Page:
# Field generated by a class of subsets

Let $$A_1,...,A_n$$ be subsets of a set $$\Omega$$. For all $$a \in \{0,1 \}^n$$, define

$$\begin{equation} \label{eu_eqn} F(a) := \bigcap^n_{i=1}A_i^{(a_i)} , \end{equation}$$ where $$A^{(0)}:= A_i$$ and $$A^{(1)}:= A_i^c$$.

I need to prove that the collection $$\{F(a): a \in \{0,1 \}^n \}$$ is a partition of $$\Omega$$. However, I fail to see why this collection is a partition, because a partition never contains the empty set and in general the sets $$A_1,...,A_n$$ can be disjoint, right? So in that case I can easily find an $$a$$ such that $$F(a) = \emptyset$$, namely $$a := (0,...,0)$$. I have already shown that $$\Omega = \bigcup_{a \in \{0,1 \}^n} F(a)$$ but in order for it to be a partition, it cannot have the empty set. Am I missing something? Or maybe I didn't understand the notation of some of these objects.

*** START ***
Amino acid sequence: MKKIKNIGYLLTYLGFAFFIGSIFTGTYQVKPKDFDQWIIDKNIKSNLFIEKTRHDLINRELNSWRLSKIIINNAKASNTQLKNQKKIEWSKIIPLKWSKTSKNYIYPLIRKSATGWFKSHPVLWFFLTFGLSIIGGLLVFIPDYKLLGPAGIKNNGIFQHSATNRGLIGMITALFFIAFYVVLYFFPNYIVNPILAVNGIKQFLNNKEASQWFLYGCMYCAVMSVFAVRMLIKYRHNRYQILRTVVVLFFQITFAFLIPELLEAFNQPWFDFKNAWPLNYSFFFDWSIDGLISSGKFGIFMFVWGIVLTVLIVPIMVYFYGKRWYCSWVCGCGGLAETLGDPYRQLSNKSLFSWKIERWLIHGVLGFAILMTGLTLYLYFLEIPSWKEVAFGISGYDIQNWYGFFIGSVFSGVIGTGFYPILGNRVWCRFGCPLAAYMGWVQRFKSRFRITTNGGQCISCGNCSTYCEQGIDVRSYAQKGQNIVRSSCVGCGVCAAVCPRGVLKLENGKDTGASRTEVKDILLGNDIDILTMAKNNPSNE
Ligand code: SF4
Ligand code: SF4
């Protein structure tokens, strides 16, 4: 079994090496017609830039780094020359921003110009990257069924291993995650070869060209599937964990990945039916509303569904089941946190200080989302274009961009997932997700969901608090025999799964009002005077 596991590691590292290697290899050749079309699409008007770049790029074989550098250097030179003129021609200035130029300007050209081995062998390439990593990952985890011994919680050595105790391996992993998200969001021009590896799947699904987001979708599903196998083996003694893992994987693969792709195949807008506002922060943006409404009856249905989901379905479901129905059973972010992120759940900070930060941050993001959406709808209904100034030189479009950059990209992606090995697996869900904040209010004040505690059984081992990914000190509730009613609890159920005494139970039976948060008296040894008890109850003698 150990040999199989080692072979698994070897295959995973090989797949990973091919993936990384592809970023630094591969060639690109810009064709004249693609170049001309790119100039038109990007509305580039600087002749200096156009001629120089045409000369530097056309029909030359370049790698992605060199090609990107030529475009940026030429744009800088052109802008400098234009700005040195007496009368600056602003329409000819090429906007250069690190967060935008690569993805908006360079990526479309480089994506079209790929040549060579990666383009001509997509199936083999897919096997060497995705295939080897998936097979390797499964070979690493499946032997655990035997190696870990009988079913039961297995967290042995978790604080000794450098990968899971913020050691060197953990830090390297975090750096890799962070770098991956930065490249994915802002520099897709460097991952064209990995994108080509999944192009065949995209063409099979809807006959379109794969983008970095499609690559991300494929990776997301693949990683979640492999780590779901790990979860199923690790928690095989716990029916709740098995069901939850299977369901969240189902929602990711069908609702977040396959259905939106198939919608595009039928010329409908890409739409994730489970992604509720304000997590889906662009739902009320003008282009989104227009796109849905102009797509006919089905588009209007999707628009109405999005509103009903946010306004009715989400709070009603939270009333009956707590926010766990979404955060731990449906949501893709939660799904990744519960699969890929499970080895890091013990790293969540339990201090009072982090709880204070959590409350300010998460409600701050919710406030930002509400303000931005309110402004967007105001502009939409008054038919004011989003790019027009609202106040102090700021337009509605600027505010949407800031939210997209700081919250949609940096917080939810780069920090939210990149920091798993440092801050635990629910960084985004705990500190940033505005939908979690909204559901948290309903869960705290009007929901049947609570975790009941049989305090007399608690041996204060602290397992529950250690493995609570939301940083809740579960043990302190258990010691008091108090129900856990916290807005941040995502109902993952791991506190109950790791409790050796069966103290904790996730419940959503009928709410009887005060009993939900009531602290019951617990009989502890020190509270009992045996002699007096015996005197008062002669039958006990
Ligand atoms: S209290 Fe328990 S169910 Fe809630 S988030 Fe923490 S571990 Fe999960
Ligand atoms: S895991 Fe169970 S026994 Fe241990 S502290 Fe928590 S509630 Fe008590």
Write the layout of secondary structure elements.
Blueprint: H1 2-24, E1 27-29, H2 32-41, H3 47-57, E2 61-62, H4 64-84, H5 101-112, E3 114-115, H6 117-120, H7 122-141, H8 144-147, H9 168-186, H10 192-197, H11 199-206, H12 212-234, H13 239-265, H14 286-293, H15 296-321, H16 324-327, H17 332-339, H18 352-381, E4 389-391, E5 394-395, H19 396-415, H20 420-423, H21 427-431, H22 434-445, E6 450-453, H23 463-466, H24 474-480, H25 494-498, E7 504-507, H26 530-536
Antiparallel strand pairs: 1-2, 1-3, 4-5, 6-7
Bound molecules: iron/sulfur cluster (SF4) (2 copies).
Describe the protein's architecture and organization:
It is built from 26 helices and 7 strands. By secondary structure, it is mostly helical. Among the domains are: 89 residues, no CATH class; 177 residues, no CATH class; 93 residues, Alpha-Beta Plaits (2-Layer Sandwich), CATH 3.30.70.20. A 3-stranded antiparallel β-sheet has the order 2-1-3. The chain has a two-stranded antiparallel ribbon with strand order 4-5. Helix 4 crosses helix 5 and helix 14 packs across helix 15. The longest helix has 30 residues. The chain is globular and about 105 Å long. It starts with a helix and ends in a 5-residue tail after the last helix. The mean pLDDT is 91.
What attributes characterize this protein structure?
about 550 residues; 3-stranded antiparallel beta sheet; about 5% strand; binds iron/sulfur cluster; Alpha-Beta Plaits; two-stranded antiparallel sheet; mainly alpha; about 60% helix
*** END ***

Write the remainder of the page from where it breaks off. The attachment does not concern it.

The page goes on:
• Some will define a partition of a set $X$ to be a set $\{X_i\}_{i\in I}$ where $X_i\cap X_j=\emptyset$ for $i\neq j$ and $\cup_{i\in I}X_i=X$, so with this definition the empty set is allowed to be a part in the partition, so perhaps just take that as a part of the definition. Nov 20 at 20:50
• @StevenCreech Oh wow, I didn't know that alternative definition of partition, tyvm! I recently joined a new university and I noticed they are using a ton of different notations/conventions. Nov 20 at 21:04